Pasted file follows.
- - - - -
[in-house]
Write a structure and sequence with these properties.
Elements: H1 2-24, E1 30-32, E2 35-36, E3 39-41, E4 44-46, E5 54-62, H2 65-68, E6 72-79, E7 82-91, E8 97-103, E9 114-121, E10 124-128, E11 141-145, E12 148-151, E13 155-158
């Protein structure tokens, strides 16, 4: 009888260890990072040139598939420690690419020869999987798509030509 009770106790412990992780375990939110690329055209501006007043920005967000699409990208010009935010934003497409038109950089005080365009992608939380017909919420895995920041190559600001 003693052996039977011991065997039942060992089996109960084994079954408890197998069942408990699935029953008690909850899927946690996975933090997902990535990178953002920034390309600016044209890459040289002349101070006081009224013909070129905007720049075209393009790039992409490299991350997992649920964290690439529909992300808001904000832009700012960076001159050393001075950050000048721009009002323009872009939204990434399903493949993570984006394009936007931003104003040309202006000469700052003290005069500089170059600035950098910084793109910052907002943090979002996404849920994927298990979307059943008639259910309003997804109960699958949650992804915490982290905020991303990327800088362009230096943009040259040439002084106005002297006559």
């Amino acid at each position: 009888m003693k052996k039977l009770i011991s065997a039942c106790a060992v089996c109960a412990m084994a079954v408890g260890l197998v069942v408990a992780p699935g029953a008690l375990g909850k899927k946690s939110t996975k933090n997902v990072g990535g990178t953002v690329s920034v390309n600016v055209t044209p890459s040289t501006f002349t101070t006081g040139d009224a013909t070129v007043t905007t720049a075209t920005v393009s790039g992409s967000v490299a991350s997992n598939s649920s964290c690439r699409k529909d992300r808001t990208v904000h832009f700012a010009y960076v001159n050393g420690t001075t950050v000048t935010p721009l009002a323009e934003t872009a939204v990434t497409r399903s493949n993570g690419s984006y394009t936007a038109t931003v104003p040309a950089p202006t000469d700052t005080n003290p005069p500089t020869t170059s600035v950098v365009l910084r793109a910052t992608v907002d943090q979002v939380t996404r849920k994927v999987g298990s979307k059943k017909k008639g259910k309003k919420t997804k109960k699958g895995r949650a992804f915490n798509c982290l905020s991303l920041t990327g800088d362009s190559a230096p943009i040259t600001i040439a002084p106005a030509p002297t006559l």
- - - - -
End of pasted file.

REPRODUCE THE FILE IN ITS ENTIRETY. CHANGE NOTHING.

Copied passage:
[in-house]
Write a structure and sequence with these properties.
Elements: H1 2-24, E1 30-32, E2 35-36, E3 39-41, E4 44-46, E5 54-62, H2 65-68, E6 72-79, E7 82-91, E8 97-103, E9 114-121, E10 124-128, E11 141-145, E12 148-151, E13 155-158
């Protein structure tokens, strides 16, 4: 009888260890990072040139598939420690690419020869999987798509030509 009770106790412990992780375990939110690329055209501006007043920005967000699409990208010009935010934003497409038109950089005080365009992608939380017909919420895995920041190559600001 003693052996039977011991065997039942060992089996109960084994079954408890197998069942408990699935029953008690909850899927946690996975933090997902990535990178953002920034390309600016044209890459040289002349101070006081009224013909070129905007720049075209393009790039992409490299991350997992649920964290690439529909992300808001904000832009700012960076001159050393001075950050000048721009009002323009872009939204990434399903493949993570984006394009936007931003104003040309202006000469700052003290005069500089170059600035950098910084793109910052907002943090979002996404849920994927298990979307059943008639259910309003997804109960699958949650992804915490982290905020991303990327800088362009230096943009040259040439002084106005002297006559």
């Amino acid at each position: 009888m003693k052996k039977l009770i011991s065997a039942c106790a060992v089996c109960a412990m084994a079954v408890g260890l197998v069942v408990a992780p699935g029953a008690l375990g909850k899927k946690s939110t996975k933090n997902v990072g990535g990178t953002v690329s920034v390309n600016v055209t044209p890459s040289t501006f002349t101070t006081g040139d009224a013909t070129v007043t905007t720049a075209t920005v393009s790039g992409s967000v490299a991350s997992n598939s649920s964290c690439r699409k529909d992300r808001t990208v904000h832009f700012a010009y960076v001159n050393g420690t001075t950050v000048t935010p721009l009002a323009e934003t872009a939204v990434t497409r399903s493949n993570g690419s984006y394009t936007a038109t931003v104003p040309a950089p202006t000469d700052t005080n003290p005069p500089t020869t170059s600035v950098v365009l910084r793109a910052t992608v907002d943090q979002v939380t996404r849920k994927v999987g298990s979307k059943k017909k008639g259910k309003k919420t997804k109960k699958g895995r949650a992804f915490n798509c982290l905020s991303l920041t990327g800088d362009s190559a230096p943009i040259t600001i040439a002084p106005a030509p002297t006559l």